This holiday I took a cruise to Mexico with my family. Of course, we stopped at all the usual spots like Puerto Vallarta, Mazatlan, and Cabo. And of course, once you get off the ship, there are hordes of shops for you to patronize.
And as everyone knows, the price on the item you want to buy is not the price you have to pay. You can haggle with them and usually get a few bucks off, depending on what it is.
At the ship terminal, there are large warehouses where people have set up shop. Rows and rows of vendors offering mostly the same stuff: fake Rolex watches, fake Oakley’s, Cuban (maybe) cigars, trinkets, clothes, and the like. Basically, they all offer the same thing, and if you want a particular item, you wander around and haggle to the price you want. And of course, the shop owners will try to pull you in telling you they have the best prices.
After a while, I felt bad. Here I was trying to talk some guy down to 5 dollars on handmade thread bracelets with my kids’ names on them that he originally wanted 12 dollars for. I finally got him down to both bracelets for 8 bucks. But I knew that he was willing to drastically reduce his prices for the sale. He knew he was being taken advantage of and he let me, just to seal the deal. I didn’t really have any respect for him as a business owner.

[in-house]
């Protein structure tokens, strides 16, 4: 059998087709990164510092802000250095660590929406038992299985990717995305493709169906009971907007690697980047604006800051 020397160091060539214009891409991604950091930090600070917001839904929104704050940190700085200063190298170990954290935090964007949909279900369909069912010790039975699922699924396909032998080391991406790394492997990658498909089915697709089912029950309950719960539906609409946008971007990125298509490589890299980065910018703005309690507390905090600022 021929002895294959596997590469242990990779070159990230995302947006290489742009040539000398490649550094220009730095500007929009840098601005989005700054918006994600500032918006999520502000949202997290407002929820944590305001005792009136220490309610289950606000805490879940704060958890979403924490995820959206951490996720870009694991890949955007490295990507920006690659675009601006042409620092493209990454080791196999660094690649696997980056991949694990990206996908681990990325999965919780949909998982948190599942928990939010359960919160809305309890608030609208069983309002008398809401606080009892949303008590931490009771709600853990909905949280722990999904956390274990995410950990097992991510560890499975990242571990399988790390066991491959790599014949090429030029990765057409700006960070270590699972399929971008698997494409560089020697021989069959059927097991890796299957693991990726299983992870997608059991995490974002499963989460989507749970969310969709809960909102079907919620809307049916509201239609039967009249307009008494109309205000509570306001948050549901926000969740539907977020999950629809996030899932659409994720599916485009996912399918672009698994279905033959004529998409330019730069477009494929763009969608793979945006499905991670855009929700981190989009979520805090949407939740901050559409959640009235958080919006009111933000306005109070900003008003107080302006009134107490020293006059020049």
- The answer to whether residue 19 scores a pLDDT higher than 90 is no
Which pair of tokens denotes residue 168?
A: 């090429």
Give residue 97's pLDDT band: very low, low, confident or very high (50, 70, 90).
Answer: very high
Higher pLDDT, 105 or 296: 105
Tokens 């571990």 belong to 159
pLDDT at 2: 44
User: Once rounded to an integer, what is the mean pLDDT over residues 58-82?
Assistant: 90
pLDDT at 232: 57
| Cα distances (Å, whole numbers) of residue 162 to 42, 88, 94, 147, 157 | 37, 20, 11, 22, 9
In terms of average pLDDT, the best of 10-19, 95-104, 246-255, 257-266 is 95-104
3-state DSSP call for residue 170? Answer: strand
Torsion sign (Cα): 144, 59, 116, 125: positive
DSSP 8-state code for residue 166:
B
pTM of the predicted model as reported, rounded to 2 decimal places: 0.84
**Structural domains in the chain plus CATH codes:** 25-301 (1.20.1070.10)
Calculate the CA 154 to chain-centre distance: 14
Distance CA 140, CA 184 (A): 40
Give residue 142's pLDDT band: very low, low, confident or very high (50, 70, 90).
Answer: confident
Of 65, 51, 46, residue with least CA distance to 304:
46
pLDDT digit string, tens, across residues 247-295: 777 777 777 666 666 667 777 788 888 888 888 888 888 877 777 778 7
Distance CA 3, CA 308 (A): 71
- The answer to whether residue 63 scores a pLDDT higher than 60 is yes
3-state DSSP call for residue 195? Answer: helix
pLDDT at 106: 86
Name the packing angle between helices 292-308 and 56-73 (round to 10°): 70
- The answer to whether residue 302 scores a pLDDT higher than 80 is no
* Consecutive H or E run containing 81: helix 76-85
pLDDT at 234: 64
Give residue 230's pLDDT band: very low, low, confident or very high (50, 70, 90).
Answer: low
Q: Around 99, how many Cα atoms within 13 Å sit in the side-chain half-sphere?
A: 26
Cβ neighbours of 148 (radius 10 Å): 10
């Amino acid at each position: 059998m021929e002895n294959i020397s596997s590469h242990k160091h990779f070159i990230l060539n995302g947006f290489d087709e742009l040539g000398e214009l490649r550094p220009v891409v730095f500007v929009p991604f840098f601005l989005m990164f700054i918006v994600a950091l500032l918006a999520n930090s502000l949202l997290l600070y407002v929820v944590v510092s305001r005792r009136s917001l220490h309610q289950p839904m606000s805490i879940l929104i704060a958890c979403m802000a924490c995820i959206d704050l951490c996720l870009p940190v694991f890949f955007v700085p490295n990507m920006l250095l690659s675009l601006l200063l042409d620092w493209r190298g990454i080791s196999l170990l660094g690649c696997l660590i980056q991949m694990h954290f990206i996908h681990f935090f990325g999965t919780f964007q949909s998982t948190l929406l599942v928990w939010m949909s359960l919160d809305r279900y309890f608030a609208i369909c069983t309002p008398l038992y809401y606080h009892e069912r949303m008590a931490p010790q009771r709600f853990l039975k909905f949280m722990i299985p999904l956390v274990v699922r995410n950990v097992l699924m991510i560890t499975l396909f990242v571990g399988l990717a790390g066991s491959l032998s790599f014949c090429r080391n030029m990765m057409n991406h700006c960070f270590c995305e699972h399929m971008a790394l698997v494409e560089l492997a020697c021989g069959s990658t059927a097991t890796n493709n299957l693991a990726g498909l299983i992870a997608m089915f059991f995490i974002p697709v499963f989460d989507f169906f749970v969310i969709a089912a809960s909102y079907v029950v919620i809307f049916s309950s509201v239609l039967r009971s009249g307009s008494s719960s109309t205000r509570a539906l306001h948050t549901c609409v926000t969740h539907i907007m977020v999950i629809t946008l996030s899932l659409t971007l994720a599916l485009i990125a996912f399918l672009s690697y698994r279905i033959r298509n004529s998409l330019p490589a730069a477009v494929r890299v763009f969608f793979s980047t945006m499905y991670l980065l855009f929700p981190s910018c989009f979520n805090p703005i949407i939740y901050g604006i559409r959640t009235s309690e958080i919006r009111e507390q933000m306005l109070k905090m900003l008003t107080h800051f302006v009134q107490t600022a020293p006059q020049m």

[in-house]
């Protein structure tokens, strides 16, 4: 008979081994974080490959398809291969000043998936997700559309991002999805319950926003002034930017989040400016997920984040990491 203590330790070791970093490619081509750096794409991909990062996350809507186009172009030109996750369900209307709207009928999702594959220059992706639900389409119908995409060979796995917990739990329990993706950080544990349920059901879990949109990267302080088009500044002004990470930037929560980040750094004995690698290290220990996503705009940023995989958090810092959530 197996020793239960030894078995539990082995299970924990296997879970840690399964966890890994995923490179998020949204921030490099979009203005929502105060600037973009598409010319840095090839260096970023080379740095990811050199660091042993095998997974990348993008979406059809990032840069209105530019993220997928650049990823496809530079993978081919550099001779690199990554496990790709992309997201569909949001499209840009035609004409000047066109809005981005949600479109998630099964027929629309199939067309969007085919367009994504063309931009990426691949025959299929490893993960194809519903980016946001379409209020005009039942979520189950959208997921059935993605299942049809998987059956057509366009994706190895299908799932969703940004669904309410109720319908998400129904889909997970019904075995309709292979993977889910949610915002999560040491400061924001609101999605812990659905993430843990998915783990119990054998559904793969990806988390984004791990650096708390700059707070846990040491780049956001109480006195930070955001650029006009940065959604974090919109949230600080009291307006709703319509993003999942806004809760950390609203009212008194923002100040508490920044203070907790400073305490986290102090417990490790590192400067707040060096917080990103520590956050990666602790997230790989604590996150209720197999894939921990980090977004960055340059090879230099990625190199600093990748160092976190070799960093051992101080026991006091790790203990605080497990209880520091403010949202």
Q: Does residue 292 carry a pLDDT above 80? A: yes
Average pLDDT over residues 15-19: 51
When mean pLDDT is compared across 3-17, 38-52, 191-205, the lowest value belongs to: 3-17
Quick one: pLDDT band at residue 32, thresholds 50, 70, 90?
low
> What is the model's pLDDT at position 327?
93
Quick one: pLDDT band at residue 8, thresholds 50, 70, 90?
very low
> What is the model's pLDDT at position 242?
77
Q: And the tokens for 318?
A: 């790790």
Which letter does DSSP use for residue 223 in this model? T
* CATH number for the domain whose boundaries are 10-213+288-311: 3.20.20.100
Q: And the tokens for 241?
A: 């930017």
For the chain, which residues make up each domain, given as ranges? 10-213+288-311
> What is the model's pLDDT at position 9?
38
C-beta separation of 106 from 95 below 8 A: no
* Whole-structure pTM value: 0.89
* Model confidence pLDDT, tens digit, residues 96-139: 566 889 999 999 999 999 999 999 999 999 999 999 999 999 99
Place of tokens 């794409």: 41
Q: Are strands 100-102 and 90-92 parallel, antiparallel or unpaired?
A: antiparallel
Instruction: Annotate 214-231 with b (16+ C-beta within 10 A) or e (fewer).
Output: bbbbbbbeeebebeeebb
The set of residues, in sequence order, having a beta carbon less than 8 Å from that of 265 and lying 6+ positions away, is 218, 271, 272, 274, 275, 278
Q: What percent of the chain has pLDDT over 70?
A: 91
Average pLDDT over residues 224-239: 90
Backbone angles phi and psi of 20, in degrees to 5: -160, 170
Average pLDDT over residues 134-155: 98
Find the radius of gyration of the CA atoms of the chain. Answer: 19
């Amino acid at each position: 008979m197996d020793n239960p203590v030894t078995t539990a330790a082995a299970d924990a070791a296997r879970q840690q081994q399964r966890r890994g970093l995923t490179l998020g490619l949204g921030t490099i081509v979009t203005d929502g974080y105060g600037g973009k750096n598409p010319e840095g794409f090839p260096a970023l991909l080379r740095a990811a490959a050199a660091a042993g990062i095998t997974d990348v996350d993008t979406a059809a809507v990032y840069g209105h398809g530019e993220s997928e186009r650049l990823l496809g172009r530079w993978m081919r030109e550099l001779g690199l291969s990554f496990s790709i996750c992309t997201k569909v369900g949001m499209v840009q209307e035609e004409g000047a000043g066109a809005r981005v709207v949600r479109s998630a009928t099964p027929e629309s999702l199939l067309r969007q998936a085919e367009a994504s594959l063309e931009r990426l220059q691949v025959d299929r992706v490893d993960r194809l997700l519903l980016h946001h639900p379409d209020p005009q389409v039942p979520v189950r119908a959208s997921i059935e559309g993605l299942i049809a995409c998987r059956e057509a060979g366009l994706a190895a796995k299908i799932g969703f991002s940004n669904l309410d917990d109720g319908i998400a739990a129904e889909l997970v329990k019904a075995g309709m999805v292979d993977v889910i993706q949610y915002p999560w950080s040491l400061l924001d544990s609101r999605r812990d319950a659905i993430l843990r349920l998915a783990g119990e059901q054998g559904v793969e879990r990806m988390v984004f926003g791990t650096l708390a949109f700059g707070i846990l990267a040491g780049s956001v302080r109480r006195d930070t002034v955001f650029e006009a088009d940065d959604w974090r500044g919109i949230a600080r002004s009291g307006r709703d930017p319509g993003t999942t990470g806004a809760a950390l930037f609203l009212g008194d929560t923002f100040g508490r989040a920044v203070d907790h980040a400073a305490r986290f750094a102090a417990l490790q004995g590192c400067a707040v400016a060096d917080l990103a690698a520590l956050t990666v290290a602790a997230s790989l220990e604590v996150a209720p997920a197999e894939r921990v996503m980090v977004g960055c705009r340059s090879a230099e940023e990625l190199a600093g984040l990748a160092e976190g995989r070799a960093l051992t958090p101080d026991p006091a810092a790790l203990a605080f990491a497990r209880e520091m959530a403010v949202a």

Then I went into another shop for a cigar to enjoy later. The woman was pleasant and I pointed to the cigar that I wanted, priced at 8 dollars. I said, “how about $5.” I knew that $8 was a fair price for this, but you can always haggle, right?
“no, 8 dollars. I don’t change my prices.”
I replied, “I saw this elsewhere for 6. ”
She smiled and lifted her hand toward the door. “Then you may go buy it there.”
I was taken aback. She was willing to lose a sale over $3?
No, she was willing to lose the sale because she had enough respect for herself not to lower herself. She had already done her research, knew her prices were competitive, and set them accordingly. I knew that buying the cigar from her, I was getting a good deal and her prices weren’t inflated in anticipation of a haggling American.
Needless to say, I bought the cigar from her for full price. And I was happy to do it. I respected this woman.
So what does this mean for the VO business owner? Respect your business. Do your research. Know what the going rate for comparable services are. Know what the value of YOUR services are. Set your prices accordingly. Offer your clients a fair rate from the beginning and make it clear to them that these are your rates and here’s why they’re a good value for them. And don’t be afraid to show the customer the door if they don’t value your services.
The good customers, the customers you want, will respect you for it.